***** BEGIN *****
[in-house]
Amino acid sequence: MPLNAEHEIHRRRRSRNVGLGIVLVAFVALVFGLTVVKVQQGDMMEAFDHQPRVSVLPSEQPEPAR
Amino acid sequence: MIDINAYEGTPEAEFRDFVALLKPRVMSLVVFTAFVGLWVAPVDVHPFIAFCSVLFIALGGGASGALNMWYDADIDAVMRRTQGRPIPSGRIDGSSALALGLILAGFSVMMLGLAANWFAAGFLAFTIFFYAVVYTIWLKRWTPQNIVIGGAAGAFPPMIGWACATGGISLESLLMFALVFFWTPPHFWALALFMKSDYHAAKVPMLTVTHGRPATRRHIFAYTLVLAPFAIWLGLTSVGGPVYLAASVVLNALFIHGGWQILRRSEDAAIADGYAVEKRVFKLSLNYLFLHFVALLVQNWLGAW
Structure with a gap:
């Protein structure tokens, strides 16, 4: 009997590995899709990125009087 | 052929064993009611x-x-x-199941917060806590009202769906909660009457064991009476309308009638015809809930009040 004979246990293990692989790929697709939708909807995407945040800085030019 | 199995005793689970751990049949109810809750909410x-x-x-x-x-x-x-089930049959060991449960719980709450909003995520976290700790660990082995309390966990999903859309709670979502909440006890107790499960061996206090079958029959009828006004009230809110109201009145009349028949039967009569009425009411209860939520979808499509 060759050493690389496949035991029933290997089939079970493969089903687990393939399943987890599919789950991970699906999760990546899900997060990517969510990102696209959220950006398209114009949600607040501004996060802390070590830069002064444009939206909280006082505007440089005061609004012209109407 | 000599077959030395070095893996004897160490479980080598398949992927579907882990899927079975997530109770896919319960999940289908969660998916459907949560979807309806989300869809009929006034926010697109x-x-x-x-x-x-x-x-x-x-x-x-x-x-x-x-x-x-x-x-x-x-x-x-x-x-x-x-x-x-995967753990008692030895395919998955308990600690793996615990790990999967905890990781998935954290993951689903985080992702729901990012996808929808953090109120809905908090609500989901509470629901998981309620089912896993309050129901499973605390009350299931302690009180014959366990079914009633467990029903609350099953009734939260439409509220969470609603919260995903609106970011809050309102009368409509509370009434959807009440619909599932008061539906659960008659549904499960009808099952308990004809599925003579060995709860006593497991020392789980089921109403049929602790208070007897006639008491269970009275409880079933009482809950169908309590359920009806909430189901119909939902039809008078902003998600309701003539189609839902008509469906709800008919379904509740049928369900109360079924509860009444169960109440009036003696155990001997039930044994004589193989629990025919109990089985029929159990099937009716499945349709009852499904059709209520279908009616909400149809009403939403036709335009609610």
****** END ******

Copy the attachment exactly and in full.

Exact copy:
[in-house]
Amino acid sequence: MPLNAEHEIHRRRRSRNVGLGIVLVAFVALVFGLTVVKVQQGDMMEAFDHQPRVSVLPSEQPEPAR
Amino acid sequence: MIDINAYEGTPEAEFRDFVALLKPRVMSLVVFTAFVGLWVAPVDVHPFIAFCSVLFIALGGGASGALNMWYDADIDAVMRRTQGRPIPSGRIDGSSALALGLILAGFSVMMLGLAANWFAAGFLAFTIFFYAVVYTIWLKRWTPQNIVIGGAAGAFPPMIGWACATGGISLESLLMFALVFFWTPPHFWALALFMKSDYHAAKVPMLTVTHGRPATRRHIFAYTLVLAPFAIWLGLTSVGGPVYLAASVVLNALFIHGGWQILRRSEDAAIADGYAVEKRVFKLSLNYLFLHFVALLVQNWLGAW
Structure with a gap:
């Protein structure tokens, strides 16, 4: 009997590995899709990125009087 | 052929064993009611x-x-x-199941917060806590009202769906909660009457064991009476309308009638015809809930009040 004979246990293990692989790929697709939708909807995407945040800085030019 | 199995005793689970751990049949109810809750909410x-x-x-x-x-x-x-089930049959060991449960719980709450909003995520976290700790660990082995309390966990999903859309709670979502909440006890107790499960061996206090079958029959009828006004009230809110109201009145009349028949039967009569009425009411209860939520979808499509 060759050493690389496949035991029933290997089939079970493969089903687990393939399943987890599919789950991970699906999760990546899900997060990517969510990102696209959220950006398209114009949600607040501004996060802390070590830069002064444009939206909280006082505007440089005061609004012209109407 | 000599077959030395070095893996004897160490479980080598398949992927579907882990899927079975997530109770896919319960999940289908969660998916459907949560979807309806989300869809009929006034926010697109x-x-x-x-x-x-x-x-x-x-x-x-x-x-x-x-x-x-x-x-x-x-x-x-x-x-x-x-x-x-995967753990008692030895395919998955308990600690793996615990790990999967905890990781998935954290993951689903985080992702729901990012996808929808953090109120809905908090609500989901509470629901998981309620089912896993309050129901499973605390009350299931302690009180014959366990079914009633467990029903609350099953009734939260439409509220969470609603919260995903609106970011809050309102009368409509509370009434959807009440619909599932008061539906659960008659549904499960009808099952308990004809599925003579060995709860006593497991020392789980089921109403049929602790208070007897006639008491269970009275409880079933009482809950169908309590359920009806909430189901119909939902039809008078902003998600309701003539189609839902008509469906709800008919379904509740049928369900109360079924509860009444169960109440009036003696155990001997039930044994004589193989629990025919109990089985029929159990099937009716499945349709009852499904059709209520279908009616909400149809009403939403036709335009609610």